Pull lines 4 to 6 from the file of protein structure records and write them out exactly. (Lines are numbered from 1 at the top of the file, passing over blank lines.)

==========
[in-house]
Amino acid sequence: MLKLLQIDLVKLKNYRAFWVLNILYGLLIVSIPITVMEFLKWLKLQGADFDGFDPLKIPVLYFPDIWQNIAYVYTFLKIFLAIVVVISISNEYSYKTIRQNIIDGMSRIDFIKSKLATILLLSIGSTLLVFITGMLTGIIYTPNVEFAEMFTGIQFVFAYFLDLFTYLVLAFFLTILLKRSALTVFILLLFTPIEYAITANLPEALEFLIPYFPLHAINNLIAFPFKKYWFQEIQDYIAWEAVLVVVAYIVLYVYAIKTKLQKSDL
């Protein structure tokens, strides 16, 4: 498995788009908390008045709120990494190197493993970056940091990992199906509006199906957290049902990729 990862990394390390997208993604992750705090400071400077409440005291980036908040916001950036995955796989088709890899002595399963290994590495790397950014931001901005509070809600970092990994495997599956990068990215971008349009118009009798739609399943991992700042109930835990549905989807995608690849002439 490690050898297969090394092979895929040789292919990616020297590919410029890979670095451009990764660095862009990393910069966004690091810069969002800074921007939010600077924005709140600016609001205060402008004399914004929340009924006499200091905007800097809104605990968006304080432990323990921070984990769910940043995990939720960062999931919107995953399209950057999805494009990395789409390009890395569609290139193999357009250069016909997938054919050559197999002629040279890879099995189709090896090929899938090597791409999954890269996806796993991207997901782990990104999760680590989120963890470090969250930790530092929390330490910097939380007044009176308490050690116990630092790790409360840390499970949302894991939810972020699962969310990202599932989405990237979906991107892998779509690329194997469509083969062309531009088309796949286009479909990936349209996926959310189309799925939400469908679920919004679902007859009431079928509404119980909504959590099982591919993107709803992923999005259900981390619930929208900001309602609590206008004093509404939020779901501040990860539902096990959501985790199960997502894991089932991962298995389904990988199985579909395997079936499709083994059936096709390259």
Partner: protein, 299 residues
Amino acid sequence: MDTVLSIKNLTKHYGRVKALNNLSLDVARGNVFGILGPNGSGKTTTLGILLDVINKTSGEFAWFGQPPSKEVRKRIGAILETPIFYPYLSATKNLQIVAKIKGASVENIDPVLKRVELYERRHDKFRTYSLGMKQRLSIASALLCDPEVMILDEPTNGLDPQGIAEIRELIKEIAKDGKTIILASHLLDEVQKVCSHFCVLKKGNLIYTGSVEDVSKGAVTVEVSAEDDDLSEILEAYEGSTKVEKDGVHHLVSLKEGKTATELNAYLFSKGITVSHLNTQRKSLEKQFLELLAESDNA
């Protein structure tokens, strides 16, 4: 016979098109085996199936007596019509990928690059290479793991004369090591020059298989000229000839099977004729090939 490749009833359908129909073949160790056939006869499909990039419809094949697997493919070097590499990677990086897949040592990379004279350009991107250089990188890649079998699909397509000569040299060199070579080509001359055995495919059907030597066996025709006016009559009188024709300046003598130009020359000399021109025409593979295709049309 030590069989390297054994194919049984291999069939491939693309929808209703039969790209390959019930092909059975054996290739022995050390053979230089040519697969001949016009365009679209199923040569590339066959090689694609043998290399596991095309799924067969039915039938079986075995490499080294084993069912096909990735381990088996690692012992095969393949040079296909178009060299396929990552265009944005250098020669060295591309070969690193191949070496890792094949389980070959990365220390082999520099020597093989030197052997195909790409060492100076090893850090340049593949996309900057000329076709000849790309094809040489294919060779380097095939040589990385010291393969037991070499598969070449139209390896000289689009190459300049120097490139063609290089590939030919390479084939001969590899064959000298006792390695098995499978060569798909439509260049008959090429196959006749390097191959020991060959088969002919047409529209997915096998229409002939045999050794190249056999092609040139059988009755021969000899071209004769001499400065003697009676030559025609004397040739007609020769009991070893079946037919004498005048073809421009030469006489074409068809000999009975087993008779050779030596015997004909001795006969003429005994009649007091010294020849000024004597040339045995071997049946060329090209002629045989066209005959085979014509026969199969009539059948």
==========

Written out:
Partner: protein, 299 residues
Amino acid sequence: MDTVLSIKNLTKHYGRVKALNNLSLDVARGNVFGILGPNGSGKTTTLGILLDVINKTSGEFAWFGQPPSKEVRKRIGAILETPIFYPYLSATKNLQIVAKIKGASVENIDPVLKRVELYERRHDKFRTYSLGMKQRLSIASALLCDPEVMILDEPTNGLDPQGIAEIRELIKEIAKDGKTIILASHLLDEVQKVCSHFCVLKKGNLIYTGSVEDVSKGAVTVEVSAEDDDLSEILEAYEGSTKVEKDGVHHLVSLKEGKTATELNAYLFSKGITVSHLNTQRKSLEKQFLELLAESDNA
């Protein structure tokens, strides 16, 4: 016979098109085996199936007596019509990928690059290479793991004369090591020059298989000229000839099977004729090939 490749009833359908129909073949160790056939006869499909990039419809094949697997493919070097590499990677990086897949040592990379004279350009991107250089990188890649079998699909397509000569040299060199070579080509001359055995495919059907030597066996025709006016009559009188024709300046003598130009020359000399021109025409593979295709049309 030590069989390297054994194919049984291999069939491939693309929808209703039969790209390959019930092909059975054996290739022995050390053979230089040519697969001949016009365009679209199923040569590339066959090689694609043998290399596991095309799924067969039915039938079986075995490499080294084993069912096909990735381990088996690692012992095969393949040079296909178009060299396929990552265009944005250098020669060295591309070969690193191949070496890792094949389980070959990365220390082999520099020597093989030197052997195909790409060492100076090893850090340049593949996309900057000329076709000849790309094809040489294919060779380097095939040589990385010291393969037991070499598969070449139209390896000289689009190459300049120097490139063609290089590939030919390479084939001969590899064959000298006792390695098995499978060569798909439509260049008959090429196959006749390097191959020991060959088969002919047409529209997915096998229409002939045999050794190249056999092609040139059988009755021969000899071209004769001499400065003697009676030559025609004397040739007609020769009991070893079946037919004498005048073809421009030469006489074409068809000999009975087993008779050779030596015997004909001795006969003429005994009649007091010294020849000024004597040339045995071997049946060329090209002629045989066209005959085979014509026969199969009539059948």